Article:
Google Summer of Code (GSoC) 2021 -- Project Outline
August 16, 2021
OpenRISC’s mor1kx is one of the old open source projects with more sophisticated and multi-core features. FuseSoC support for mor1kx makes it unique, enabling users to run their assembly programs in a virtual SoC. The or1k-elf toolchain compiles assembly programs, simulated using Icarus Verilog to visualize waveforms. Mor1kx processor went through several tests to verify its functionality, and the or1k-tests successfully identified many unseen bugs in the design.
But we can’t guarantee that the processor is error-free. Formal Verification identifies the hidden bugs in the design. This verification methodology gives confidence that the system remains stable for a long time. Hence in this project, the mor1kx processor is thoroughly tested using Formal Methods, ensuring that implementation meets its specifications.
Added assertions to all the submodules of the Mor1kx processor.
Integrate verified functional modules for hierarchical Formal Verification.
CPU level verification of entire mor1kx cappuccino pipeline.
Create a Formal Interface to verify all the properties related to SPR.
Verify mor1kx’s Instruction and Data Wishbone Bus.
Continuous Integration of Formal Tests to GitHub actions workflow.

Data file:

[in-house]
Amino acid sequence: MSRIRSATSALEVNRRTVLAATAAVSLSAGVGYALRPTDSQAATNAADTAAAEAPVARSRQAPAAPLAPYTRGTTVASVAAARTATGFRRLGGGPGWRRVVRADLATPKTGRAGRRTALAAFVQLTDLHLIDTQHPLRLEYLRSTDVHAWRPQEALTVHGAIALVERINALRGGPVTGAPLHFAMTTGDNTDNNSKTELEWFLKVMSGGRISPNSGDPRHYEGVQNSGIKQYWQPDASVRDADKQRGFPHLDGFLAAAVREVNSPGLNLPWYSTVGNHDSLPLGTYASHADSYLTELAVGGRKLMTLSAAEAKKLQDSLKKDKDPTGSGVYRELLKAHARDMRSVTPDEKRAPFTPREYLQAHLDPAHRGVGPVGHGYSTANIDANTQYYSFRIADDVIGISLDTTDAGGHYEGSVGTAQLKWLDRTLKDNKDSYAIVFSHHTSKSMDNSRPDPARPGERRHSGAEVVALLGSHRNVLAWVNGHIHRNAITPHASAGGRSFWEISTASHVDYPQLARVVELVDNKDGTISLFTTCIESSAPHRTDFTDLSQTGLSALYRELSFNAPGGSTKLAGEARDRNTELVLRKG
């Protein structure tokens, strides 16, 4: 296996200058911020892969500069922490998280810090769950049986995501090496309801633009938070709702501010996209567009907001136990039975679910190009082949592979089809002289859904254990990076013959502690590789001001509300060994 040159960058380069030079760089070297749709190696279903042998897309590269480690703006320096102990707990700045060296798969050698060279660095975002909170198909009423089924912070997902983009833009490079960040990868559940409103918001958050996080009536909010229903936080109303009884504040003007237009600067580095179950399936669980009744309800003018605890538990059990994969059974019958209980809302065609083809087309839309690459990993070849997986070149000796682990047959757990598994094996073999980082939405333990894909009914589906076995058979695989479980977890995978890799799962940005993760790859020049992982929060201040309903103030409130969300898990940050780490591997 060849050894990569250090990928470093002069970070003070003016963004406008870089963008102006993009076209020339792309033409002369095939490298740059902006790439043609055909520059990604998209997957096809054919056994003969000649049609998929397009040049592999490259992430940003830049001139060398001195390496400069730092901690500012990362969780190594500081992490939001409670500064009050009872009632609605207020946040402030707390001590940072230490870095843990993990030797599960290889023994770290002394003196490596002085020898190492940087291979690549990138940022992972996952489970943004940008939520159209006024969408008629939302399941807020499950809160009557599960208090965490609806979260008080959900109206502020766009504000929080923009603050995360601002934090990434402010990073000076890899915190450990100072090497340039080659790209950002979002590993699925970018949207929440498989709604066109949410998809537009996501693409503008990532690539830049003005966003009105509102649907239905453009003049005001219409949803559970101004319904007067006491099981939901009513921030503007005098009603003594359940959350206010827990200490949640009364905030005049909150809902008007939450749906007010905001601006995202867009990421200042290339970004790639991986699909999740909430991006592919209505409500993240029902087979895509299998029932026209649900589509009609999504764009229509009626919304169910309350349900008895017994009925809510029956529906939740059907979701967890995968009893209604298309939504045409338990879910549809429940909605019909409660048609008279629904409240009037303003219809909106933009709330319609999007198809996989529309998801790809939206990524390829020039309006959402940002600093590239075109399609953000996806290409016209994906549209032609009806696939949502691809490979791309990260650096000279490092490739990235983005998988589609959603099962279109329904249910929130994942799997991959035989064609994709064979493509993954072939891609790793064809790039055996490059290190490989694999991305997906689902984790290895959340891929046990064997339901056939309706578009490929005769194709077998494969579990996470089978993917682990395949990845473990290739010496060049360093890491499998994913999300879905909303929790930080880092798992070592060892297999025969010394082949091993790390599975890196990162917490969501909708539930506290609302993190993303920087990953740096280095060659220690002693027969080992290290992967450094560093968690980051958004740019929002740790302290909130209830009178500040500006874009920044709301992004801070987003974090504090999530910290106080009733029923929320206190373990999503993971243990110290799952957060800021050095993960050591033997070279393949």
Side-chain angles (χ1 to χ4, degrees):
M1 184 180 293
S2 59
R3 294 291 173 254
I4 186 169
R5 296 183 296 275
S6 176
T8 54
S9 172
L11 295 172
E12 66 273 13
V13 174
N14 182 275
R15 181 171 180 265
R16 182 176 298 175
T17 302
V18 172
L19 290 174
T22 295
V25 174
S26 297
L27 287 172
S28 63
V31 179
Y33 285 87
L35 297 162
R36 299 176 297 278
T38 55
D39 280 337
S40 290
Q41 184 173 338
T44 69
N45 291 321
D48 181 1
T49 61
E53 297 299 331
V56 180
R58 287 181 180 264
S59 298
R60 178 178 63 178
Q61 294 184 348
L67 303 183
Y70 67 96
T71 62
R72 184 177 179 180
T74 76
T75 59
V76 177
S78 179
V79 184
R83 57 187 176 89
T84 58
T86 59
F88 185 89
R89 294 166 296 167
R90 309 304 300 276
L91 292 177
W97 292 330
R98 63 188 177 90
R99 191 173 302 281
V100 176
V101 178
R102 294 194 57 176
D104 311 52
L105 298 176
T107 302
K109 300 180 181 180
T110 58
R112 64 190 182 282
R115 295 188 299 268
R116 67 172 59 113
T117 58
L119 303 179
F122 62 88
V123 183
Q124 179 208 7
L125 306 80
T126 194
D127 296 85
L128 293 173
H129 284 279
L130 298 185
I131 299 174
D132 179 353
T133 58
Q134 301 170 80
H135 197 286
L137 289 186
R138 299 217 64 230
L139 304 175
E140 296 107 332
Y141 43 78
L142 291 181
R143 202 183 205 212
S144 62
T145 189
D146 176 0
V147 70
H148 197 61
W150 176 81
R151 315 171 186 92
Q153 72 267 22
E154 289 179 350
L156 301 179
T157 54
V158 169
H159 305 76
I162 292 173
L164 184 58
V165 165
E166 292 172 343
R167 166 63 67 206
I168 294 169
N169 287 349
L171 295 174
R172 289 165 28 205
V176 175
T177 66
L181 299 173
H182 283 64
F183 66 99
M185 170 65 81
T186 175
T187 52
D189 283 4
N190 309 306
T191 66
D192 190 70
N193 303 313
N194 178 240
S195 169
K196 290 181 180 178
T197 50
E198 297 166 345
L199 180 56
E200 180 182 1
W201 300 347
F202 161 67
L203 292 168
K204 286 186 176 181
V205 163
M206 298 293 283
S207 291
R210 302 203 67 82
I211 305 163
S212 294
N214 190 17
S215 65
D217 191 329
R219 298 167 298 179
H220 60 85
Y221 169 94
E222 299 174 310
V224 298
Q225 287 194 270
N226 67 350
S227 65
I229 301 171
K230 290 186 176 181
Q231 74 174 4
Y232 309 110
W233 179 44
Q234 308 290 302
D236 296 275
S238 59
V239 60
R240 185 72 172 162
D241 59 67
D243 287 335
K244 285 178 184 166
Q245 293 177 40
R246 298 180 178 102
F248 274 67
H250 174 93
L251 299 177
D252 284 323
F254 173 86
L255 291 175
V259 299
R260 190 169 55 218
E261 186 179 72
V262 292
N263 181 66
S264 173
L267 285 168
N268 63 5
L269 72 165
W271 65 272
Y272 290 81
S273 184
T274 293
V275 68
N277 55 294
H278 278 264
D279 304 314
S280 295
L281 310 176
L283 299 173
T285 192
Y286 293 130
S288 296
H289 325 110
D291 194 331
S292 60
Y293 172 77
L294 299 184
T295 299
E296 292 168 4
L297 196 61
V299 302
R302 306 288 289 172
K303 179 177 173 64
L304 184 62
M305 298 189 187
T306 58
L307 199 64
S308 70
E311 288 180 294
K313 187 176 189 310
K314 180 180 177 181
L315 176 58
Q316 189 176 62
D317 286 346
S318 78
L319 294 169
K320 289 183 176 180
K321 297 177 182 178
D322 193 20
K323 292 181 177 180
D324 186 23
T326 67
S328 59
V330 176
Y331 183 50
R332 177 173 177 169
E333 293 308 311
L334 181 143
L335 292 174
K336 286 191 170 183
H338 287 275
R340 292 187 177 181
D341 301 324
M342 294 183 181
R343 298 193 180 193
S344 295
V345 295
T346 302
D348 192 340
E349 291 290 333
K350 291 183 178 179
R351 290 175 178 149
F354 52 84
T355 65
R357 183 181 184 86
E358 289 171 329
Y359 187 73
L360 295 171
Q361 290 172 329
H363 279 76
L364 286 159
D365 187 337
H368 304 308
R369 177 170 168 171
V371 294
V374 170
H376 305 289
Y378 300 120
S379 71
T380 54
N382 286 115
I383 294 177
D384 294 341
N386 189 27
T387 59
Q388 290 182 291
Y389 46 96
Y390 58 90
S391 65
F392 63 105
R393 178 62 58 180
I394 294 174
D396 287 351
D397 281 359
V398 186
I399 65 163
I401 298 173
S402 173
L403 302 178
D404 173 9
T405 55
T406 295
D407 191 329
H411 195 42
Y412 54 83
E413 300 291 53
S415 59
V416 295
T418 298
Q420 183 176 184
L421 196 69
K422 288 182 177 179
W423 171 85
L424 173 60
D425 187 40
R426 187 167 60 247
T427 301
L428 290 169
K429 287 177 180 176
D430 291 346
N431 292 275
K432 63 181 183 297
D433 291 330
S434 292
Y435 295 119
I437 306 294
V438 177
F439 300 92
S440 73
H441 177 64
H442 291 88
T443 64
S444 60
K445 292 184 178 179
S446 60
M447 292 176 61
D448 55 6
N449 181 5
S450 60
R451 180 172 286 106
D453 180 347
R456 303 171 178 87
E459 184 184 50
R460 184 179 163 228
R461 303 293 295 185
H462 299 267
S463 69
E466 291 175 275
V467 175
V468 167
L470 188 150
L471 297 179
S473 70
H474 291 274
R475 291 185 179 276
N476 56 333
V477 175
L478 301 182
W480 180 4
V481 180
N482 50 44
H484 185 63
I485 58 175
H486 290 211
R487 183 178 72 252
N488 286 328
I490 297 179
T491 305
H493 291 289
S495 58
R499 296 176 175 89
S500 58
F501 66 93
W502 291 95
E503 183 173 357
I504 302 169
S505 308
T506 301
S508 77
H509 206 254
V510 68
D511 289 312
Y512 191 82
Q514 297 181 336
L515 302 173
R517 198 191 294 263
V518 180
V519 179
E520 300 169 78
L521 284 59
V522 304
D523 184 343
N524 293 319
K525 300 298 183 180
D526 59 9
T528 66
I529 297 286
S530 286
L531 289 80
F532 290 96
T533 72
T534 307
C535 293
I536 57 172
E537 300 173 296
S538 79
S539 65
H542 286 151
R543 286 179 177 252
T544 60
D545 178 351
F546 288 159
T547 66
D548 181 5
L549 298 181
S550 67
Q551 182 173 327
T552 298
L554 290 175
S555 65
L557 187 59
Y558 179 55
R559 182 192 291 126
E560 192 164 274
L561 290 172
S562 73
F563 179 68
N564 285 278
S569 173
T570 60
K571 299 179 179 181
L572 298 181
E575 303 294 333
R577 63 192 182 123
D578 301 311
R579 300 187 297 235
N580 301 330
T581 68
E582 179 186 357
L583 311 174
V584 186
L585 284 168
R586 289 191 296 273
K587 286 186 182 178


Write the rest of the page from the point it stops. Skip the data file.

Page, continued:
one-hot of SPR acknowledgments fail #137
spr_ack is high when there are no mtspr/mfspr instructions #136
SPR property fails when debug unit is enabled #135
Databus Wishbone Interface Formal Check fails #134
Erroneous ICache hits impact performance counters #123
spr_bus_ack_o reset issue #127 (RESOLVED)
A broken path between dc_hit and dc_hit_o (RESOLVED)
For the same spr address both DMMU and DCACHE spr acknowledgment were observed. (RESOLVED)
DCACHE acknowledged to spr read requests when it’s allowed only for spr write. (RESOLVED)
Project Documentation: Mor1kx Formal
What did I learn?
I got exposure to the Verilog coding styles of experts and understood computer architecture in more depth.
Learned to write assembly programs that run on the mor1kx processor. Explored many GTK Wave features to visualize waveforms.
I played with solvers to resolve Induction/BMC failures which occur most often while testing. Every failure pointed out mistakes I made in an assertion. I fixed the failures after investigating where my assertion went wrong.
My favorite part was handling Induction failure because it made me think more, and it’s somewhat challenging in a few cases.
I learned about Continuous Integration while creating one for Formal Verification.
I am grateful to my mentor Stafford Horne who was there to help me whenever I was stuck. It has been a fantastic experience working with him. Special thanks to Dan (ZipCPU); his blog feedback helped me dig Formal Verification to a great extent.
I am looking forward to contributing even more to OpenRISC and the open-source community!